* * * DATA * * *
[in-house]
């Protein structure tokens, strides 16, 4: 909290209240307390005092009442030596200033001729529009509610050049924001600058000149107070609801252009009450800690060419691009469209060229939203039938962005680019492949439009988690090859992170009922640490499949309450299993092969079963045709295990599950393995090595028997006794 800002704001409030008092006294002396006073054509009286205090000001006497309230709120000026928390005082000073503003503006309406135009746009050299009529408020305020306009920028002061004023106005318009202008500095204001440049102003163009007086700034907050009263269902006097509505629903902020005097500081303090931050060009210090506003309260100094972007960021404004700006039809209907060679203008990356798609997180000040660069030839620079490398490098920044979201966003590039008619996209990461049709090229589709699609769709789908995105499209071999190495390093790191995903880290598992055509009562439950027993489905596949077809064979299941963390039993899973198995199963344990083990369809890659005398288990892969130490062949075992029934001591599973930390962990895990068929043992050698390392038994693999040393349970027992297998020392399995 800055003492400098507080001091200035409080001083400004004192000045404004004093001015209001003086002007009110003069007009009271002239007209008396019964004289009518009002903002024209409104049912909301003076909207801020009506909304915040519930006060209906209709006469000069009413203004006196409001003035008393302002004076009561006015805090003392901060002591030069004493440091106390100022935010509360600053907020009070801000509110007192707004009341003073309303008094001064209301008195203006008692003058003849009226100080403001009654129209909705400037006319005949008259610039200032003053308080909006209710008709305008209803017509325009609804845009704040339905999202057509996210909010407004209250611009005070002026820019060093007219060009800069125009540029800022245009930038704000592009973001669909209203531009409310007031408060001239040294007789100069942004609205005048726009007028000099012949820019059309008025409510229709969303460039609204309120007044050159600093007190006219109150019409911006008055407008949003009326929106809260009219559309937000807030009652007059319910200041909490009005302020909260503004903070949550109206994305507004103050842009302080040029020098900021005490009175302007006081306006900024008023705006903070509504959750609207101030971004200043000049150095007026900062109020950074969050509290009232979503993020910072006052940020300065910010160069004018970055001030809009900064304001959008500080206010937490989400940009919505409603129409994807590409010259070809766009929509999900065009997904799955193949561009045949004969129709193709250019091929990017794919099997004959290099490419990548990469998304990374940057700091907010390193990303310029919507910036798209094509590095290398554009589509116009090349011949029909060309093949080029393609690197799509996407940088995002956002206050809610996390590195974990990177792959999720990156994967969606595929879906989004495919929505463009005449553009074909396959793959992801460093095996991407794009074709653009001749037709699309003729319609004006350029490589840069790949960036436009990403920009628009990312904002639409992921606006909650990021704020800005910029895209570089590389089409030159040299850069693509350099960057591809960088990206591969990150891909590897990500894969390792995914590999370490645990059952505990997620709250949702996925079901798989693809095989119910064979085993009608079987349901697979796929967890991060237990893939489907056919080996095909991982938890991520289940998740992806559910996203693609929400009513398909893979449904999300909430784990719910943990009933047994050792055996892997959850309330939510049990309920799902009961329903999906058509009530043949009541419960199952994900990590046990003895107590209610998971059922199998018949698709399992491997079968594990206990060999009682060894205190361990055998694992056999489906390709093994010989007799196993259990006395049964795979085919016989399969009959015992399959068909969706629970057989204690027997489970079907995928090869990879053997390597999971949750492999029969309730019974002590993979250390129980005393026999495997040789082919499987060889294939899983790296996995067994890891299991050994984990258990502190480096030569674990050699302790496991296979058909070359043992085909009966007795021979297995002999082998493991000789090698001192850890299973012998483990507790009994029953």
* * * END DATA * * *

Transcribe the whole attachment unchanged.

[in-house]
């Protein structure tokens, strides 16, 4: 909290209240307390005092009442030596200033001729529009509610050049924001600058000149107070609801252009009450800690060419691009469209060229939203039938962005680019492949439009988690090859992170009922640490499949309450299993092969079963045709295990599950393995090595028997006794 800002704001409030008092006294002396006073054509009286205090000001006497309230709120000026928390005082000073503003503006309406135009746009050299009529408020305020306009920028002061004023106005318009202008500095204001440049102003163009007086700034907050009263269902006097509505629903902020005097500081303090931050060009210090506003309260100094972007960021404004700006039809209907060679203008990356798609997180000040660069030839620079490398490098920044979201966003590039008619996209990461049709090229589709699609769709789908995105499209071999190495390093790191995903880290598992055509009562439950027993489905596949077809064979299941963390039993899973198995199963344990083990369809890659005398288990892969130490062949075992029934001591599973930390962990895990068929043992050698390392038994693999040393349970027992297998020392399995 800055003492400098507080001091200035409080001083400004004192000045404004004093001015209001003086002007009110003069007009009271002239007209008396019964004289009518009002903002024209409104049912909301003076909207801020009506909304915040519930006060209906209709006469000069009413203004006196409001003035008393302002004076009561006015805090003392901060002591030069004493440091106390100022935010509360600053907020009070801000509110007192707004009341003073309303008094001064209301008195203006008692003058003849009226100080403001009654129209909705400037006319005949008259610039200032003053308080909006209710008709305008209803017509325009609804845009704040339905999202057509996210909010407004209250611009005070002026820019060093007219060009800069125009540029800022245009930038704000592009973001669909209203531009409310007031408060001239040294007789100069942004609205005048726009007028000099012949820019059309008025409510229709969303460039609204309120007044050159600093007190006219109150019409911006008055407008949003009326929106809260009219559309937000807030009652007059319910200041909490009005302020909260503004903070949550109206994305507004103050842009302080040029020098900021005490009175302007006081306006900024008023705006903070509504959750609207101030971004200043000049150095007026900062109020950074969050509290009232979503993020910072006052940020300065910010160069004018970055001030809009900064304001959008500080206010937490989400940009919505409603129409994807590409010259070809766009929509999900065009997904799955193949561009045949004969129709193709250019091929990017794919099997004959290099490419990548990469998304990374940057700091907010390193990303310029919507910036798209094509590095290398554009589509116009090349011949029909060309093949080029393609690197799509996407940088995002956002206050809610996390590195974990990177792959999720990156994967969606595929879906989004495919929505463009005449553009074909396959793959992801460093095996991407794009074709653009001749037709699309003729319609004006350029490589840069790949960036436009990403920009628009990312904002639409992921606006909650990021704020800005910029895209570089590389089409030159040299850069693509350099960057591809960088990206591969990150891909590897990500894969390792995914590999370490645990059952505990997620709250949702996925079901798989693809095989119910064979085993009608079987349901697979796929967890991060237990893939489907056919080996095909991982938890991520289940998740992806559910996203693609929400009513398909893979449904999300909430784990719910943990009933047994050792055996892997959850309330939510049990309920799902009961329903999906058509009530043949009541419960199952994900990590046990003895107590209610998971059922199998018949698709399992491997079968594990206990060999009682060894205190361990055998694992056999489906390709093994010989007799196993259990006395049964795979085919016989399969009959015992399959068909969706629970057989204690027997489970079907995928090869990879053997390597999971949750492999029969309730019974002590993979250390129980005393026999495997040789082919499987060889294939899983790296996995067994890891299991050994984990258990502190480096030569674990050699302790496991296979058909070359043992085909009966007795021979297995002999082998493991000789090698001192850890299973012998483990507790009994029953």